Russians in July: Yuri Olesha’s Envy

Yuri Olesha seems to have liked living and writing dangerously. This slim satirical novel Envy was published in 1927, just as the Stalinist purges were starting in earnest. Yet he was also born lucky: the satire was interpreted as being at the expense of the bourgeoisie or the parasitic influences in the ideal Soviet society, so he mostly escaped persecution, unlike many of his contemporaries (Zamyatin, Bulgakov, fellow Odessan Isaac Babel).

Andrei appears to be the model Soviet citizen: a party member and trade director of the Food Industry Trust, who seems to have dedicated his life to feeding the Soviet people (35 kopek sausages and communal dining halls, so no one needs to cook at home). He is rather rotund, naive, easy-going, essentially good-natured. He rescues the narrator (of the first part of the novel), Nikolai Kavalerov, who was lying drunk and homeless on the streets, and gives him shelter in exchange for some light editing chores. But Kavalerov is not grateful: instead, he spitefully observes and reports back to us the reader all of the gross personal habits of his benefactor, and mocks his idealism and ability to get excited over the silliest, most trivial of things.

He the ruler, the Communist, was building a new world. And in this new world, glory was sparked because a new kind of sausage had come from the sausage-maker’s hands. I didn’t understand this glory. What did it mean? Biographies, monumnets, history had never told me of glory like this… Did this mean the nature of glory had changed?

Kavalerov is filled with even more hatred for Andrei when he discovers that he is not the first ‘rescue project’. Before he came along, Andrei had for many years been harbouring Volodya Makarov, a young football player, in his home. And should Volodya ever return, then Andrei cheerfully admits that Kavalerov would have to free up the space for him. Suddenly, the younger man realises that he is the perpetual outsider. His thoughts could be interpreted as dripping in self-pity, but they show a man who cannot adapt (or perhaps doesn’t want to) to a society that feels alien to him. The author uses to great effect the ‘wooden language’ of Communist propaganda.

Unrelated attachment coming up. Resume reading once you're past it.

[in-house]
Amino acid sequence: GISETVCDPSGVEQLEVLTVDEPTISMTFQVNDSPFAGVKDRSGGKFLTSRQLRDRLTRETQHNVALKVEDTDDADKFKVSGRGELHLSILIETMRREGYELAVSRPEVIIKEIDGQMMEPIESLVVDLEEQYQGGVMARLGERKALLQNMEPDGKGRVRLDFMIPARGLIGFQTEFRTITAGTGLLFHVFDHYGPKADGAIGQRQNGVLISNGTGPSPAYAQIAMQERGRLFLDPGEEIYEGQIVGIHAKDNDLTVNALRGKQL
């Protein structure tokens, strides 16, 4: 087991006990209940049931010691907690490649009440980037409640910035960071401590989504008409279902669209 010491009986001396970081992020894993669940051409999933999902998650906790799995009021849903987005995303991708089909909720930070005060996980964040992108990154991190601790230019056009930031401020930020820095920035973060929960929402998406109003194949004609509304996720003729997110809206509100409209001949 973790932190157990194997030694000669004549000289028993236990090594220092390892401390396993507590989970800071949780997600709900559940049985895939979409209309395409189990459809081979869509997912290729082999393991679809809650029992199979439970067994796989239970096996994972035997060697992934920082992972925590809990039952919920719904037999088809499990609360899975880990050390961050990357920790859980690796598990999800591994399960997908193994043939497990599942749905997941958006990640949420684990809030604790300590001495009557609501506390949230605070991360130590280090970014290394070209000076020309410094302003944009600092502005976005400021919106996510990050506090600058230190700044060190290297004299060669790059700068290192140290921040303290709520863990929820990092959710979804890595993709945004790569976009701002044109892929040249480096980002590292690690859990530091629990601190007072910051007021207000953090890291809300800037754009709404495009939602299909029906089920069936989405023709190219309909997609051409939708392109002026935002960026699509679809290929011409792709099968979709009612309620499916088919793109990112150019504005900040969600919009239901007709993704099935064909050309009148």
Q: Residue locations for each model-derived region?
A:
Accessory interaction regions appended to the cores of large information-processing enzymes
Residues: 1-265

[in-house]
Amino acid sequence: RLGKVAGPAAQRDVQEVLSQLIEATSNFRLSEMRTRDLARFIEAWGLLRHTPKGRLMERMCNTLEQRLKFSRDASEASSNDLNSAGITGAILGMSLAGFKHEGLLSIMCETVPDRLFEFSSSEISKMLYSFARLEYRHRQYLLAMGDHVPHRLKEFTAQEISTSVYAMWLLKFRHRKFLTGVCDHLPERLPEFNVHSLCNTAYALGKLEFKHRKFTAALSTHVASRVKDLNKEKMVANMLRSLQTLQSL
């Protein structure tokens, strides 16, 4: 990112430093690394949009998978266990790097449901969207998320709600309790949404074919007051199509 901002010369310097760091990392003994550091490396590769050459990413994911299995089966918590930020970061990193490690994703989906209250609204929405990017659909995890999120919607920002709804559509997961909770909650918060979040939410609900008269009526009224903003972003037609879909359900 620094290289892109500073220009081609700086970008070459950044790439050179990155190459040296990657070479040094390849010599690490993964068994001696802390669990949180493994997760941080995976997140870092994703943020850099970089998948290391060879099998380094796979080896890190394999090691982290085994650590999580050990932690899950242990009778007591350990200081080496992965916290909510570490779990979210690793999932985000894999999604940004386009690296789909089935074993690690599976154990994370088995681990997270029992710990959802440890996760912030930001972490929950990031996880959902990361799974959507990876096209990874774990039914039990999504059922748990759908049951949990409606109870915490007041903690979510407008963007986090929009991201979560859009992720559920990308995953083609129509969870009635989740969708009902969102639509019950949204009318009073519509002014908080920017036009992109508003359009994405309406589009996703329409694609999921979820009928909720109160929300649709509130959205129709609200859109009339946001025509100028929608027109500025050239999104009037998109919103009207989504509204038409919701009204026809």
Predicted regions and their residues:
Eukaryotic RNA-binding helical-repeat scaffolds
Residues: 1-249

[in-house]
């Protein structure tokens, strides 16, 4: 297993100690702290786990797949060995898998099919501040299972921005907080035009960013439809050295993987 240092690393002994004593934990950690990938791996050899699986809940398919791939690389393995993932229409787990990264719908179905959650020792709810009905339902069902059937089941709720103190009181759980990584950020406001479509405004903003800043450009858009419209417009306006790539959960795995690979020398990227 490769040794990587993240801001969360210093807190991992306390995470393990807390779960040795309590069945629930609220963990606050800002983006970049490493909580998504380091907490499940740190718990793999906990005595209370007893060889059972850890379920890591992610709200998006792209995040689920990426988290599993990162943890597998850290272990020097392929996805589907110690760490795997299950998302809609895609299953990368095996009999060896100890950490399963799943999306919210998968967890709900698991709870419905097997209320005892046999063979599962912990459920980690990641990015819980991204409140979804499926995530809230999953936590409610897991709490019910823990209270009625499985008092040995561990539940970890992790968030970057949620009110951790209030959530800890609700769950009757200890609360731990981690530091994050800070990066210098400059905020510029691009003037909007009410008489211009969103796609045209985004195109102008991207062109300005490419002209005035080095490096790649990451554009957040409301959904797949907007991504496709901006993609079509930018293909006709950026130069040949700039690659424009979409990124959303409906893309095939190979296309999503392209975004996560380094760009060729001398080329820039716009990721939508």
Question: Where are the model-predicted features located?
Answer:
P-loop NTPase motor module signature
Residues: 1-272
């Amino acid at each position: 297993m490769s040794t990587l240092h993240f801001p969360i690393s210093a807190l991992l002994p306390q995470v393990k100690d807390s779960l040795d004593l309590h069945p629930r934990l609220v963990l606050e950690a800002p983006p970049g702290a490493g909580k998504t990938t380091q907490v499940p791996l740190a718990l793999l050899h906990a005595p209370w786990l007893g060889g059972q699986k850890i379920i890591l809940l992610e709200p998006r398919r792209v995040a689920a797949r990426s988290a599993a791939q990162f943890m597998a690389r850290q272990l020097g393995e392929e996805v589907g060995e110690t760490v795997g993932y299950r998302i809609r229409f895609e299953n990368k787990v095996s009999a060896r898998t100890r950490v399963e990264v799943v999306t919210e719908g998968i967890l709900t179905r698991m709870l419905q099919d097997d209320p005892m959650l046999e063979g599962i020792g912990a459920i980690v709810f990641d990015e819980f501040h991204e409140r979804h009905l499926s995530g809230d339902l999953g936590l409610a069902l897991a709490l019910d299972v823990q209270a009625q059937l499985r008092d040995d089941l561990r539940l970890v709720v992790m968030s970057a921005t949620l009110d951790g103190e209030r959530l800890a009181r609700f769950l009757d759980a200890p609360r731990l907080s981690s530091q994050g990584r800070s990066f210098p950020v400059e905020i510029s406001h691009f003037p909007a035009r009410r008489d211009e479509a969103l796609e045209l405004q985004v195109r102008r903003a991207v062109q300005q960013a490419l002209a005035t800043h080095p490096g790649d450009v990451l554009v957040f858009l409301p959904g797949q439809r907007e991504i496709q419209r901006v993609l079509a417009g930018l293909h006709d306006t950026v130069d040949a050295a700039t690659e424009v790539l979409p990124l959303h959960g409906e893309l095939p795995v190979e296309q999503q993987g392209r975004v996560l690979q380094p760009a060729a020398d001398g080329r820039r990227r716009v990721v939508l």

… it suddenly became very clear to me how much I didn’t belong with these people who had been called together on this great and important occasion, the utter irrelevance of my presence amongst them… I have neither hard labour nor a revolutionary past behind me…

Many of the angriest, most over-the-top scenes don’t actually occur in real life, they all take place in Kavalerov’s twisted imagination. He is the nihilist who cannot bear the optimism that is being forced on people in the Soviet system. Then he meets the counterpoint to Andrei: Ivan, the poet and dreamer, who lacks any sense of reality or pragmatism, and who happens to be Andrei’s brother, jealous of his success but not really wanting to adapt to the new world. Ivan too lives with one foot in the past, ‘the dwindling era’. And the author clearly notices and makes fun of the flaws of both the capitalist and communist system.

Author photo.

The story appears to be simple, but is embroidered with flights of fantasy, slapstick farce, unreliable narrators and characters who are prone to sudden rants. First person POV becomes a dubious sort of third person (albeit with long monologues which turn it into first person). The casual (and often hilarious) juxtaposition of sordid realism and flights of fancy, of real and imagined conversations, the tangential connections between episodes reminded me of Bulgakov’s The Master and Margarita.